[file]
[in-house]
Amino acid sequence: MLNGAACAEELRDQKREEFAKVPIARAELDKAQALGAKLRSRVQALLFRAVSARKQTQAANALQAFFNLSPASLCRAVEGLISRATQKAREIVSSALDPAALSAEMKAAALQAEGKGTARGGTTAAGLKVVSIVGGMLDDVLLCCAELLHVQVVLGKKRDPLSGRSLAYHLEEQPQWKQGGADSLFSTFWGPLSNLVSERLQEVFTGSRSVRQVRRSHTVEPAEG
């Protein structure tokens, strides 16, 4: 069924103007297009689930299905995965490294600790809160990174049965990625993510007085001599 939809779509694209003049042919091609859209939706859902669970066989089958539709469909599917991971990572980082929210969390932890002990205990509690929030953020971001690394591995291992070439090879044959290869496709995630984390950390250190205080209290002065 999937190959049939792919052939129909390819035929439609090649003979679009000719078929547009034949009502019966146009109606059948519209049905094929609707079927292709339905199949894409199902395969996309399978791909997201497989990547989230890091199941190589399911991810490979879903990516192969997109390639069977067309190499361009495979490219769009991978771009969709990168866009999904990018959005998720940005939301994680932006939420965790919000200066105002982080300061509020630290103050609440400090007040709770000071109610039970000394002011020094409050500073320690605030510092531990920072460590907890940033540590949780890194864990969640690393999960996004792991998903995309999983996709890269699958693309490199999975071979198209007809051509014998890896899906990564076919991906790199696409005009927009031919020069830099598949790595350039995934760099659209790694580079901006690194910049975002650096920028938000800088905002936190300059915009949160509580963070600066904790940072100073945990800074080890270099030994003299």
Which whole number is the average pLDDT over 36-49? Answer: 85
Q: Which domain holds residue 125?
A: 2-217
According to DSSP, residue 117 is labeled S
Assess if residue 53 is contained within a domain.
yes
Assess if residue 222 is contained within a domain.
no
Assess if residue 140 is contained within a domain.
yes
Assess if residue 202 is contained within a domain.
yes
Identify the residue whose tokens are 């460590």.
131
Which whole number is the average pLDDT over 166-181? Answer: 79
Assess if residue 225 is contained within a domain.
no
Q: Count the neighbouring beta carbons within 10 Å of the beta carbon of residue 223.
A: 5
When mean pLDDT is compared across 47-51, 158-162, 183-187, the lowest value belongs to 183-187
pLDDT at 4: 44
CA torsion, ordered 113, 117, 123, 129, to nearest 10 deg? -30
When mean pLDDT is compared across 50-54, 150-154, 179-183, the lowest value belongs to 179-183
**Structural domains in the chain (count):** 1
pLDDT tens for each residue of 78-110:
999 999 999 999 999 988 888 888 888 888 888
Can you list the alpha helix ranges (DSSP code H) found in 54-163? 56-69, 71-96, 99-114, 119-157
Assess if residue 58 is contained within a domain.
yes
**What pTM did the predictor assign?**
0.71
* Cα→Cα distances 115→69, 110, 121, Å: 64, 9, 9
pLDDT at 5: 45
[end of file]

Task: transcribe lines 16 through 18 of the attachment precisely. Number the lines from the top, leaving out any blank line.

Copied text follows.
Identify the residue whose tokens are 């460590």.
131
Which whole number is the average pLDDT over 166-181? Answer: 79